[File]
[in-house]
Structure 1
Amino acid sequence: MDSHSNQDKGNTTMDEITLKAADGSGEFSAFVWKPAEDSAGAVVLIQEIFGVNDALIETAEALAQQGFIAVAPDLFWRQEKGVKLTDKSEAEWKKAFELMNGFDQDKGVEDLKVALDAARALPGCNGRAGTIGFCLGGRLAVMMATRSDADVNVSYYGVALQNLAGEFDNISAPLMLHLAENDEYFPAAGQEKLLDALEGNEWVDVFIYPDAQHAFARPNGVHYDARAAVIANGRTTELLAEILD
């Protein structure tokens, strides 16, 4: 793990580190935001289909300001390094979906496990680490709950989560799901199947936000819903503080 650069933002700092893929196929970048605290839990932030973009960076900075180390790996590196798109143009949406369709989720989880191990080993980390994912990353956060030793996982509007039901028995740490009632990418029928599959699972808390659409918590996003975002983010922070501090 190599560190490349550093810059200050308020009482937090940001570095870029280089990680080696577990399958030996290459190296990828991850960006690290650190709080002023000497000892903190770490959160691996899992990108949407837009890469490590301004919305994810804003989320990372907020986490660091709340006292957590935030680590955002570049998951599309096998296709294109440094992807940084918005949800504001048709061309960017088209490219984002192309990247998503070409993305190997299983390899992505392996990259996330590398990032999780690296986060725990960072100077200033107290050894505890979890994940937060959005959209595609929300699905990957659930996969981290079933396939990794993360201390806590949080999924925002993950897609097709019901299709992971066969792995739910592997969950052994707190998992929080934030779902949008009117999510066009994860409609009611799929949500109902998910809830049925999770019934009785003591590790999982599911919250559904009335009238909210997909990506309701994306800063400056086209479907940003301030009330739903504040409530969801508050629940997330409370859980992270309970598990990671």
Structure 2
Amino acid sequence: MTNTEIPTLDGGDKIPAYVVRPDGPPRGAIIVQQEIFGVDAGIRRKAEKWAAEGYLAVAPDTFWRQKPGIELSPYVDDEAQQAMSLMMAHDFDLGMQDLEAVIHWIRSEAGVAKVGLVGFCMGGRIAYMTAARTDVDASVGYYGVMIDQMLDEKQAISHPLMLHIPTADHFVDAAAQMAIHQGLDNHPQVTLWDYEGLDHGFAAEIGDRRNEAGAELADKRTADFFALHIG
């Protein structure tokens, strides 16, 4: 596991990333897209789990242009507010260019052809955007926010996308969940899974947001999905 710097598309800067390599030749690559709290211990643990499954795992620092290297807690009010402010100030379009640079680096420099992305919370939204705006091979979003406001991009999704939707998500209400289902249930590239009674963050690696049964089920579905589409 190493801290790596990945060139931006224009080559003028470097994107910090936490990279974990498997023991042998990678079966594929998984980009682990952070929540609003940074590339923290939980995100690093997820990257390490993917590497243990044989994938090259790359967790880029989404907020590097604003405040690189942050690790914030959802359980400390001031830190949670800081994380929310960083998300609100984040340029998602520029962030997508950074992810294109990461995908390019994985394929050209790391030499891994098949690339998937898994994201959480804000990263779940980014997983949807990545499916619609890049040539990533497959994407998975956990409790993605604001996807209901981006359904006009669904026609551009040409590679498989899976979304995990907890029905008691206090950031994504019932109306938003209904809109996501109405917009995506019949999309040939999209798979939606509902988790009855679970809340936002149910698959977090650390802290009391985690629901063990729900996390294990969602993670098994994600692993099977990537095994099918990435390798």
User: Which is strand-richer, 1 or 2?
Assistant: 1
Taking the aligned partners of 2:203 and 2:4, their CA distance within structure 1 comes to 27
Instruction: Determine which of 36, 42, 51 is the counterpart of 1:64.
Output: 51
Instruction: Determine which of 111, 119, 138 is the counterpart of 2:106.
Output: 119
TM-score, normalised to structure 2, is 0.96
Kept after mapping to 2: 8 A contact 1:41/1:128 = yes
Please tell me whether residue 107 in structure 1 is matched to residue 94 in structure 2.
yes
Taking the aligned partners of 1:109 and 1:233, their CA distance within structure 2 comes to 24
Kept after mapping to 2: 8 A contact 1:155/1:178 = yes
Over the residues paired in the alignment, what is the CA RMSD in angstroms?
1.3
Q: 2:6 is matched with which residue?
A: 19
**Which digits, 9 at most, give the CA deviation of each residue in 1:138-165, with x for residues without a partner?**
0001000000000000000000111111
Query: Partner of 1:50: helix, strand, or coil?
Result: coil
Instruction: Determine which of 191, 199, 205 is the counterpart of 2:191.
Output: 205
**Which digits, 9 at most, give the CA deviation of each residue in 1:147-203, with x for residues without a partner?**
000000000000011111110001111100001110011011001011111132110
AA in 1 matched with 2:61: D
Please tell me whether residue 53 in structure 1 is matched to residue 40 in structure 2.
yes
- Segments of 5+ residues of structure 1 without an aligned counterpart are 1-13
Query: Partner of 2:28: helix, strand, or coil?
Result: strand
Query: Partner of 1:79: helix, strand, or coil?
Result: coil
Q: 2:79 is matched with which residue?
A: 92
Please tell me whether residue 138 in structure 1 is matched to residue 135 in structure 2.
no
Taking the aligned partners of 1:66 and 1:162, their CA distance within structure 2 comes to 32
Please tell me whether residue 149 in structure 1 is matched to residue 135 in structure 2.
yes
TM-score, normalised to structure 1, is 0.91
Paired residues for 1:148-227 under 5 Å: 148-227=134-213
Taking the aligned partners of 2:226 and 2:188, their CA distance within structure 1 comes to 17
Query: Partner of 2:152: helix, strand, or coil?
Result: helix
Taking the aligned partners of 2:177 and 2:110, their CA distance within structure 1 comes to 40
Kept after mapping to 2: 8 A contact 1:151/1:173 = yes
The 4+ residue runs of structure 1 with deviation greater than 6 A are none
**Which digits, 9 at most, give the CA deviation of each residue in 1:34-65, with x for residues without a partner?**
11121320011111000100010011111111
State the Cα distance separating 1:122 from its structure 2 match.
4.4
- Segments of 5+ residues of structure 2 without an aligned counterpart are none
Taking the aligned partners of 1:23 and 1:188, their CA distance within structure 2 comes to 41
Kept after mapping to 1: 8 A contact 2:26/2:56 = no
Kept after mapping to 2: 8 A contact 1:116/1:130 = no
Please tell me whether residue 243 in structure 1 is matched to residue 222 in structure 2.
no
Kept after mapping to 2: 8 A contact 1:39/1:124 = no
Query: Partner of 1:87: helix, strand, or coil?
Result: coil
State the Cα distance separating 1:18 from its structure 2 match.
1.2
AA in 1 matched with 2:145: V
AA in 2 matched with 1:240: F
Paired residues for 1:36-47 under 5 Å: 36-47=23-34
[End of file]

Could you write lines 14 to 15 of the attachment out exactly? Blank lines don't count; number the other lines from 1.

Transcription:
Output: 119
TM-score, normalised to structure 2, is 0.96